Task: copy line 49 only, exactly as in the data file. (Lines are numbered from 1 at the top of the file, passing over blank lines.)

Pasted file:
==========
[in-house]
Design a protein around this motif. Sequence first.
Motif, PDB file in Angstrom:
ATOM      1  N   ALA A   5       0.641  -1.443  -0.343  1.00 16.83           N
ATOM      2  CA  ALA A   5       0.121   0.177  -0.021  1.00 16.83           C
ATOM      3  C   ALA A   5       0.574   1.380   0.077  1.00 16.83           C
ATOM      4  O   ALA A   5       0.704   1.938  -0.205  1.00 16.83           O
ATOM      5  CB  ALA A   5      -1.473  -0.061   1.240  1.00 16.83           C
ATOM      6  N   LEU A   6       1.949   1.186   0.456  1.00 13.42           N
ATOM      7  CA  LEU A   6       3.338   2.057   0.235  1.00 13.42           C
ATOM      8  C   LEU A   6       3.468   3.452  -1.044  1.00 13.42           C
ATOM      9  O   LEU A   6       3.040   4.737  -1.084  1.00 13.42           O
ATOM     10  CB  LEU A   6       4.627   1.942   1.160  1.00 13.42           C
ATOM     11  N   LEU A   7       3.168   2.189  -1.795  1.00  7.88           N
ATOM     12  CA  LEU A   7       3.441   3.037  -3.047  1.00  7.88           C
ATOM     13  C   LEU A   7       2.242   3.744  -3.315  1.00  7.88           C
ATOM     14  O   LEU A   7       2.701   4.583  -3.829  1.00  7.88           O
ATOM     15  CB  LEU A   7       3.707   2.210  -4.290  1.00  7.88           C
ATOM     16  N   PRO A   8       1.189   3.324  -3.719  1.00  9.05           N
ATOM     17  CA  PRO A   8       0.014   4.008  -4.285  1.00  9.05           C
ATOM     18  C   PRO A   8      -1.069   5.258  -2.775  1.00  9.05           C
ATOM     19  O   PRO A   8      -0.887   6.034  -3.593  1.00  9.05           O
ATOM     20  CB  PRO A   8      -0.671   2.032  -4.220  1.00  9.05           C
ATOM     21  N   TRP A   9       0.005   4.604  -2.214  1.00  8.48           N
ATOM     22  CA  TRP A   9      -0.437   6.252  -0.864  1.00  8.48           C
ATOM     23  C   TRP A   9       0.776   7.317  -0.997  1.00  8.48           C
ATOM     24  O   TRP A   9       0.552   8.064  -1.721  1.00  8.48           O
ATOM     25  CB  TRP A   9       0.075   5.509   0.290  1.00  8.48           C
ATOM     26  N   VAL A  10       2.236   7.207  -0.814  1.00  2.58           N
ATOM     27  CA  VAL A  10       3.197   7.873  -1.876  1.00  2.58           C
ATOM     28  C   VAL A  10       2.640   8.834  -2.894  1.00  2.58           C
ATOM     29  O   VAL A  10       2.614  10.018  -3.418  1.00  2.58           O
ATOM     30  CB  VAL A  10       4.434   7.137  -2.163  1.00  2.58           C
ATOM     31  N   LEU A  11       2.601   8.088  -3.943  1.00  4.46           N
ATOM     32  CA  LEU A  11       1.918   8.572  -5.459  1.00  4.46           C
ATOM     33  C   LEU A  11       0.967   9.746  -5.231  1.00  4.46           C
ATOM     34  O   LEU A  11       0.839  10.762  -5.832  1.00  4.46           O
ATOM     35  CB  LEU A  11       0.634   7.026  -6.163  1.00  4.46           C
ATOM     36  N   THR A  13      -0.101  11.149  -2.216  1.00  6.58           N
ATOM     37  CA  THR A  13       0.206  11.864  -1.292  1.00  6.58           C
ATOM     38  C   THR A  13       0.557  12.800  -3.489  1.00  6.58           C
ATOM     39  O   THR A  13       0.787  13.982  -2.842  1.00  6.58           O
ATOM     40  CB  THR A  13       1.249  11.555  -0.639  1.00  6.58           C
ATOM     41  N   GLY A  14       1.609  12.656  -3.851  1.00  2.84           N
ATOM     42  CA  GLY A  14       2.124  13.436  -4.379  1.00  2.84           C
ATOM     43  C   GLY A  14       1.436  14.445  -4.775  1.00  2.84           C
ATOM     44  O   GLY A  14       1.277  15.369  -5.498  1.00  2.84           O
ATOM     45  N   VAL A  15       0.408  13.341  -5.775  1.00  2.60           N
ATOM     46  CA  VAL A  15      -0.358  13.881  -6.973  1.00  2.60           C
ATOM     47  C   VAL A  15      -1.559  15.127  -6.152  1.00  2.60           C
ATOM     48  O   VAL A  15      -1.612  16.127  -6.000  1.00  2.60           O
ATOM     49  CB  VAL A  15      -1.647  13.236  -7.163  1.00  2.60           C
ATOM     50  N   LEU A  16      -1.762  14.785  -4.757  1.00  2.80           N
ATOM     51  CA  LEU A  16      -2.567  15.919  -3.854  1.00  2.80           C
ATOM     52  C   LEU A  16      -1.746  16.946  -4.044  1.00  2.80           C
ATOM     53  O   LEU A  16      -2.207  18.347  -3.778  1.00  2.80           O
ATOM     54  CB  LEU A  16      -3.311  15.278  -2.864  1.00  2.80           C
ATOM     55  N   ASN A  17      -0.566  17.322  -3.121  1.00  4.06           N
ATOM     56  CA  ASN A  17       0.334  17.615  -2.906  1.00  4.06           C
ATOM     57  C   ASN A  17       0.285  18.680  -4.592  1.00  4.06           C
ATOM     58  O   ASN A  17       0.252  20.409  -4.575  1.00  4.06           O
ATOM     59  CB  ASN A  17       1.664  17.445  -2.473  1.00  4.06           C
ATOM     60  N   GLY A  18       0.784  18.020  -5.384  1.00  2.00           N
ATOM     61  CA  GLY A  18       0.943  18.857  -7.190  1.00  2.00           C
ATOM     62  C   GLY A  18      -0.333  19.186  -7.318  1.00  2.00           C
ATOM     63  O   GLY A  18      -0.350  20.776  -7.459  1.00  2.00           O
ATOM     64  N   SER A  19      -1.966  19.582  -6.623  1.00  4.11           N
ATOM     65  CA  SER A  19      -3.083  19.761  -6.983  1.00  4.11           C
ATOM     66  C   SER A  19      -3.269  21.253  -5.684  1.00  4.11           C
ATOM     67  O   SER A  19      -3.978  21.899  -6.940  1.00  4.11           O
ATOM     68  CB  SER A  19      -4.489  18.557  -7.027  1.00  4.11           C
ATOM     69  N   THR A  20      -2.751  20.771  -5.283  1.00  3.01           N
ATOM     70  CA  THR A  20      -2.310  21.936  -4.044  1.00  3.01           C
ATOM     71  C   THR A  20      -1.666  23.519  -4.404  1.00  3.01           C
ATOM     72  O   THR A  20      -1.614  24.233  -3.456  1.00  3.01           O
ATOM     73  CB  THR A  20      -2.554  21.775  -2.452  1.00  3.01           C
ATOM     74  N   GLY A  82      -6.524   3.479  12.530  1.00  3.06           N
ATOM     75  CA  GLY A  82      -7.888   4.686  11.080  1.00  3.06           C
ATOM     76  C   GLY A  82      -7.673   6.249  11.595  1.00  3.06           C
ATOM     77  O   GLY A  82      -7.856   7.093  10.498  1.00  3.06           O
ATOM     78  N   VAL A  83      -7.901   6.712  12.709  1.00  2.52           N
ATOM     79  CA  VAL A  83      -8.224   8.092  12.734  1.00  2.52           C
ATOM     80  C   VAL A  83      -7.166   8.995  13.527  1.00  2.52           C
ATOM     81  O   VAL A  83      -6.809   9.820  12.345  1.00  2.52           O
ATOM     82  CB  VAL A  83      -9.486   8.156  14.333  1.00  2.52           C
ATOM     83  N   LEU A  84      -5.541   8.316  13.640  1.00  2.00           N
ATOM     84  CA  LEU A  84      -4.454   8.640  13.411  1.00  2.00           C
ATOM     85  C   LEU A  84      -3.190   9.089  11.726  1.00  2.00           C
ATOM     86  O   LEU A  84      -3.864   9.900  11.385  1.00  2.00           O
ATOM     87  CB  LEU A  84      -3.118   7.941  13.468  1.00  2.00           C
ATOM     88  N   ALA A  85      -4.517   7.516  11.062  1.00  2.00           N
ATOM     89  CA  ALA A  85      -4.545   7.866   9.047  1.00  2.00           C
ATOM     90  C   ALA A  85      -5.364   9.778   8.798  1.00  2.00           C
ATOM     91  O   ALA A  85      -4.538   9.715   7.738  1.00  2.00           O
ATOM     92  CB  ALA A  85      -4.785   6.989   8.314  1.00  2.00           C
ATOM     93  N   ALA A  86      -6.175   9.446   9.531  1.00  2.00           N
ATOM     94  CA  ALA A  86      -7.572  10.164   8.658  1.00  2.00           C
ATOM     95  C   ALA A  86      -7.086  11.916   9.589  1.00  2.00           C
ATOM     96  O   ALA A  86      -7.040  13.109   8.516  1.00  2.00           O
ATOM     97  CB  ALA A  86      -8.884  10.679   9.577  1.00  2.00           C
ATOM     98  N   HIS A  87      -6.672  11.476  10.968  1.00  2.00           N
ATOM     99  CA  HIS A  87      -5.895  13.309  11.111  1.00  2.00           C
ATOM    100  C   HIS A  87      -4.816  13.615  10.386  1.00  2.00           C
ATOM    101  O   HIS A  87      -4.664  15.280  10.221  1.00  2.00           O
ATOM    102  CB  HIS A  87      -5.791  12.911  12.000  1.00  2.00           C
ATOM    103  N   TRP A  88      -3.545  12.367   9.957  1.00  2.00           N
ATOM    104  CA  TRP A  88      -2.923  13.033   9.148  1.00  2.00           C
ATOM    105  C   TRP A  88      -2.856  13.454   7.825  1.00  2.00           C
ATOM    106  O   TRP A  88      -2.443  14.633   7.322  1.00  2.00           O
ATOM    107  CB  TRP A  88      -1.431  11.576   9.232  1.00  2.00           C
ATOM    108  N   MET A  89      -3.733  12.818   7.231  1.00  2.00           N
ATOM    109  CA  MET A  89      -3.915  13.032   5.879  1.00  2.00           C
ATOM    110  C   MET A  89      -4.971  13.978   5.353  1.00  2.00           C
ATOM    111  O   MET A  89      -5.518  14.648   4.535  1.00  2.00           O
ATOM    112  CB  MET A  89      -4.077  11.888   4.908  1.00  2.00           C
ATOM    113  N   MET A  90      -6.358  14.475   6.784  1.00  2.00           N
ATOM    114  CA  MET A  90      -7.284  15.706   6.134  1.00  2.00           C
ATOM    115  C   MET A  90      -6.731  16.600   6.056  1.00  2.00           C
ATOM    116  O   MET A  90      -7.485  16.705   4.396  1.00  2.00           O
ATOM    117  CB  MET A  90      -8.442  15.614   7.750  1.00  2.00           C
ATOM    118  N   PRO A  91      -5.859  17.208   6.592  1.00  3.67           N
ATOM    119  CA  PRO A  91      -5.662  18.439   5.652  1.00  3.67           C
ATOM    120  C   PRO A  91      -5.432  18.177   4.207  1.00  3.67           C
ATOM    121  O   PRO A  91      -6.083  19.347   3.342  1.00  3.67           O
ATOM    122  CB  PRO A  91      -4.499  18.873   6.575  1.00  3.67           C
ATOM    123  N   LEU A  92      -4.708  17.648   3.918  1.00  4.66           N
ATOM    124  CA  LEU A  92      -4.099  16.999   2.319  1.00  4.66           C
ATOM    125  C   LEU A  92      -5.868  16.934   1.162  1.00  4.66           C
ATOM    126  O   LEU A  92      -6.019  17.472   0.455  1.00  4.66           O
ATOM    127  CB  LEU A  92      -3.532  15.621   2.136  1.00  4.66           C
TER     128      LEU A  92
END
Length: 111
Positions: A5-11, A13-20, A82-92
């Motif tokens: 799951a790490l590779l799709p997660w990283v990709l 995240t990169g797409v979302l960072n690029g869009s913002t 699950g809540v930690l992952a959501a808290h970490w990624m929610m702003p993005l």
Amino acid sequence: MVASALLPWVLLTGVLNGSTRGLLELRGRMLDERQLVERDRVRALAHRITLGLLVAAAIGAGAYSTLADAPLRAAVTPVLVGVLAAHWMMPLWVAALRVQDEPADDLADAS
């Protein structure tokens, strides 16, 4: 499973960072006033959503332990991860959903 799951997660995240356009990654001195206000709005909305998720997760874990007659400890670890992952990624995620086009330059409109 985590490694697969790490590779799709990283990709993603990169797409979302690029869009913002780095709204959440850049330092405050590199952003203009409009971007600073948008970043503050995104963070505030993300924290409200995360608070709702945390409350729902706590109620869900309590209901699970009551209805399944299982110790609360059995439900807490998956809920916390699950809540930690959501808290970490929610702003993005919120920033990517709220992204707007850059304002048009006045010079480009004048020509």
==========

ATOM     46  CA  VAL A  15      -0.358  13.881  -6.973  1.00  2.60           C